Best Known For
Rachel McAdams is a Canadian actress best known for her roles in Mean Girls, Wedding Crashers, The Time Traveler's Wife, Sherlock Holmes and The Vow.
Think you know about Biography?
Answer questions and see how you rank against other players.Play Now
Rachel McAdams is a Canadian actress born on November 17, 1978 in London, Ontario, Canada. The former child competitive figure skater discovered her acting passion at age 12. She played a teen diva in her breakout role in the 2004 hit film Mean Girls. The actress has appeared box office hits such as Wedding Crashers, The Family Stone, The Time Traveler's Wife, Sherlock Holmes and The Vow.
"I'm not going to make movies just to make movies. I have to be passionate about it. And at the same time, I can get very distracted when I'm working, and I like to get back to my life a lot."
"God bless The Notebook, it introduced me to one of the great loves of my life." [On co-star Ryan Gosling.]
Canadian actress Rachel McAdams was born on November 17, 1978 in London, Ontario, Canada. Her father, Lance, worked as a mover, and her mother, Sandra, worked as a nurse. Together, they raised McAdams and her younger siblings, sister Kayleen and brother Daniel.
McAdams started competitive figure skating at age 4 and discovered acting at age 12, when she viewed a children's theater group performance. "I told my mother that I had to be in it, that I would die if I wasn't," McAdams said in an interview with The New York Times. Her parents fully supported her ambitions, and McAdams joined the Original Kids Theatre in her hometown.
Through high school, McAdams acted in local productions. She went on to study theater at York University in Toronto, where she performed in several stage and student film productions.
In 2001, McAdams landed her first television performance, playing a bulimic girl in the Disney series The Famous Jett Jackson. She made her film debut one year later, in the Canadian/Italian-produced film My Name is Tanino.
McAdams earned her first significant accolade for a supporting role in 2002's Perfect Pie; for her role in the low-budget film, she was nominated for a Genie Award (Canada's Oscar). With her career now gaining momentum, McAdams moved to Los Angeles, where she was cast opposite Rob Schneider in the 2002 comedy The Hot Chick. Later, in an interview with Vogue magazine, she amitted that the movie—her first film in the United States—was a "huge milestone" for her. McAdams returned to Canada soon after, and appeared in the TV series Slings and Arrows (2003), for which she won a Genie Award.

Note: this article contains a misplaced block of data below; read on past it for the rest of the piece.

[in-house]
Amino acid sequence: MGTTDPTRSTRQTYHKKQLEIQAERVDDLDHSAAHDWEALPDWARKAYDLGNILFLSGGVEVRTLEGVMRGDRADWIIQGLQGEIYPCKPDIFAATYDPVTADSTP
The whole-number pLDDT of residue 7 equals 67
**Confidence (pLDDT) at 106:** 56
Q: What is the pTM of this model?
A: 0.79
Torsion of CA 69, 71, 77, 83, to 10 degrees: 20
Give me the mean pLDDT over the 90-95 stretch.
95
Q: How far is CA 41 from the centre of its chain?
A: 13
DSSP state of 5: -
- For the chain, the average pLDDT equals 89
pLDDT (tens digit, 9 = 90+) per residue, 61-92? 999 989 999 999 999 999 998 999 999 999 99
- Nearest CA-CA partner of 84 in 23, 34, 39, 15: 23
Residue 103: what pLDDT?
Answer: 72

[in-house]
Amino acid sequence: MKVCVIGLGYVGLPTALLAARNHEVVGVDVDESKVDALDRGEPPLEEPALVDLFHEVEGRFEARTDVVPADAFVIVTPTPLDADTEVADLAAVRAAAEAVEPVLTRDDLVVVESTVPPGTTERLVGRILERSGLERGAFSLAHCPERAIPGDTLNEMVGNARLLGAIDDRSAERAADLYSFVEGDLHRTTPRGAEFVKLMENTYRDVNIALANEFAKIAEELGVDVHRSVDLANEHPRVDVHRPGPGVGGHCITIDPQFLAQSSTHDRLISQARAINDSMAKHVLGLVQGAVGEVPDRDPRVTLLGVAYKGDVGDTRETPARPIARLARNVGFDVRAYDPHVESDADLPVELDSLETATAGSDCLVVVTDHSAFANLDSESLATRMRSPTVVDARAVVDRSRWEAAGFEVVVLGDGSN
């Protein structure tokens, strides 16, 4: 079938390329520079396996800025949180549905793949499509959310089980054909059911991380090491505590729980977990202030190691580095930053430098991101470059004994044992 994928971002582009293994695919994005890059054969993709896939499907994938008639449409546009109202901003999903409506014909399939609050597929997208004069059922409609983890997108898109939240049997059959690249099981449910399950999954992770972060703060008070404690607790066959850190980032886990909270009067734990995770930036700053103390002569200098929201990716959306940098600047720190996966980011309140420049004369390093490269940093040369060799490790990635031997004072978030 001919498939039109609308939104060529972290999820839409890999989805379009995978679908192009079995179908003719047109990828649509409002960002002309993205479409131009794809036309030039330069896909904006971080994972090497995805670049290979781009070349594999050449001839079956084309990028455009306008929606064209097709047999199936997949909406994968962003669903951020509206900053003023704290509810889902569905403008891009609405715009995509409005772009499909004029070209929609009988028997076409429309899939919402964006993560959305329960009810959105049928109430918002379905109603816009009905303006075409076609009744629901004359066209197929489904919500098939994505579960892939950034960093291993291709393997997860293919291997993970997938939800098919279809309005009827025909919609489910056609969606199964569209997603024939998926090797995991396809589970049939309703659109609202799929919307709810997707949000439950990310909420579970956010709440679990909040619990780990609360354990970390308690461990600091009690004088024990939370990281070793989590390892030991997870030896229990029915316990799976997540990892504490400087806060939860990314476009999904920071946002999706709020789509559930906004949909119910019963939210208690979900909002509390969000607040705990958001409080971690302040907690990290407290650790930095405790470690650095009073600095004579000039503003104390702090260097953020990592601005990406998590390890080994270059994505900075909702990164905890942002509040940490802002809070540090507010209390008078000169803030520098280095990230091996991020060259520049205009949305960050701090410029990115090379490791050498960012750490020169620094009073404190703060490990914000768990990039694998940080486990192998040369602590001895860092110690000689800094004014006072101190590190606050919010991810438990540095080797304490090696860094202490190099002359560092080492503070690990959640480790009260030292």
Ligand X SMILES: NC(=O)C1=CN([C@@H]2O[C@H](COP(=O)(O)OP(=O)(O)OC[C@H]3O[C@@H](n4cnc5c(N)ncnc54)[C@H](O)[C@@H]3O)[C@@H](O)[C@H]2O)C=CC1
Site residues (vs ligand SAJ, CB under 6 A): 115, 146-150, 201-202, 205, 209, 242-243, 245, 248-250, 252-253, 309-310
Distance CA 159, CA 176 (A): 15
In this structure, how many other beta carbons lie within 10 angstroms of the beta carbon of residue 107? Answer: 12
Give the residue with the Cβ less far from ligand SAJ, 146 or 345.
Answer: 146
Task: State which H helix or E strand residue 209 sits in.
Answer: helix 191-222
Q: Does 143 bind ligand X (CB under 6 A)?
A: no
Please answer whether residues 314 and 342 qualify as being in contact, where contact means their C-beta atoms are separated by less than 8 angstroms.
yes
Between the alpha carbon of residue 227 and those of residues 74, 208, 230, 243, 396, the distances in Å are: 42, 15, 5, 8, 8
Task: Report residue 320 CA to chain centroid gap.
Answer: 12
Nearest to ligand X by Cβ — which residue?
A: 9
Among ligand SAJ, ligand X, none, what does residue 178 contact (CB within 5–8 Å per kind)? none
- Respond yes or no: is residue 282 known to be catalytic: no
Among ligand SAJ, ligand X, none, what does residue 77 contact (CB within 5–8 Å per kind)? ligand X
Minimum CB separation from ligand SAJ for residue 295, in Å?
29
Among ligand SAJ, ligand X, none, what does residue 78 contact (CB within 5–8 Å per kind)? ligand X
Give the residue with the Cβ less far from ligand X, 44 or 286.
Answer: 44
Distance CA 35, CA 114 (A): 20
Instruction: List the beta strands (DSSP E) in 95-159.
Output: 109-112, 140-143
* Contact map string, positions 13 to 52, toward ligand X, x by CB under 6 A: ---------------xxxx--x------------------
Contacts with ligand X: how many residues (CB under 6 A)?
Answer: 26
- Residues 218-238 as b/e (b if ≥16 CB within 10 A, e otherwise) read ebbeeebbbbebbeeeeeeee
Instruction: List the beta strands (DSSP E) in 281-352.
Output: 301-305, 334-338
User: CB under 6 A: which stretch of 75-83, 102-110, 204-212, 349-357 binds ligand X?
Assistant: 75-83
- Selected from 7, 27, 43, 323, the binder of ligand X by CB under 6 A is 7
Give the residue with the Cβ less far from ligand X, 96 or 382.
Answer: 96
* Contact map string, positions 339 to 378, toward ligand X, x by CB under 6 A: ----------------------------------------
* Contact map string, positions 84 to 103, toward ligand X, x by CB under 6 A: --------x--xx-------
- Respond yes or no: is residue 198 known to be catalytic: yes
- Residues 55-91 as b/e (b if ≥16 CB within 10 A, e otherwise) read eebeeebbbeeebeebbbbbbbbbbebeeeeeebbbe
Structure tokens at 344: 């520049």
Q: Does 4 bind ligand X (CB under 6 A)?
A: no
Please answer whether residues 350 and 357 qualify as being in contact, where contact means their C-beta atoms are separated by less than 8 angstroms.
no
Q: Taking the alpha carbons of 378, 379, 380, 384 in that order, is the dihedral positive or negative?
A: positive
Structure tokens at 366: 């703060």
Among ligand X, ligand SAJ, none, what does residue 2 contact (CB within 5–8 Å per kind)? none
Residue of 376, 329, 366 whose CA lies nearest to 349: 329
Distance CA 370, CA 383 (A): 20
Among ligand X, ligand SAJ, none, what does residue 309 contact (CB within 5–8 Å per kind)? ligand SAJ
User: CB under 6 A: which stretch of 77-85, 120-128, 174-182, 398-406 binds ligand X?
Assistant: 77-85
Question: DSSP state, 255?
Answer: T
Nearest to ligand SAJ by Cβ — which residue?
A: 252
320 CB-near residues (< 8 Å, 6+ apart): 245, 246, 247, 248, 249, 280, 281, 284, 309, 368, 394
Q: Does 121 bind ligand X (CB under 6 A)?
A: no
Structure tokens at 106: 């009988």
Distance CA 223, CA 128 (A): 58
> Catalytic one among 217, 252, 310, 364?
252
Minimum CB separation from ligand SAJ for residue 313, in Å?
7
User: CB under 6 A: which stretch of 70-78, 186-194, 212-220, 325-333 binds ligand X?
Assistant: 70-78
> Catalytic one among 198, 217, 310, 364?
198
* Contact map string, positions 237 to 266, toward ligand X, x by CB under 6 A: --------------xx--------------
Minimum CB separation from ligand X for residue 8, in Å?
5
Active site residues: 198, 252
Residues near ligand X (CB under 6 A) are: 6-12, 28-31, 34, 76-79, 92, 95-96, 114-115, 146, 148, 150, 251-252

McAdams played a title role in the hit teen film Mean Girls (2004), written by Saturday Night Live alum Tina Fey. Appearing with co-stars Lindsay Lohan and Amanda Seyfried, the film opened doors for the budding actress. That same year, she played the lead role in The Notebook (2004), a screen adaptation of Nicholas Sparks's romance novel. She caught the eye of the public in both films, winning two MTV Movie Awards in 2005 (for breakthrough female (Mean Girls) and best kiss (The Notebook).
In 2005, McAdams appeared in several films that achieved great commercial success, including the comedy Wedding Crashers, the thriller Red Eye and the comedy The Family Stone.
In what many in the industry viewed as an unusual move made at the height of her career, McAdams took a break from 2006 to 2007 to focus on herself.
profile name: Rachel McAdams profile occupation:
Sign in with Facebook to see how you and your friends are connected to famous icons.
Your Friends' Connections
Included In These Groups
Famous Scorpios 554 people in this group
Famous Actresses 684 people in this group
Without a doubt, the roles that women have taken on throughout the history of film has evolved dramatically. Film actresses of the Golden Age of Hollywood fought tooth and nail to attain the same respect as their male counterparts. And slowly, over time, we've seen women take on powerful and complex lead roles in blockbusters, comedies, dramas and everything in between, thanks to the work of leading ladies like Hattie McDaniel, Audrey Hepburn and Ava Gardner. Browse through the women who have changed film history.
Famous Film Actresses 431 people in this group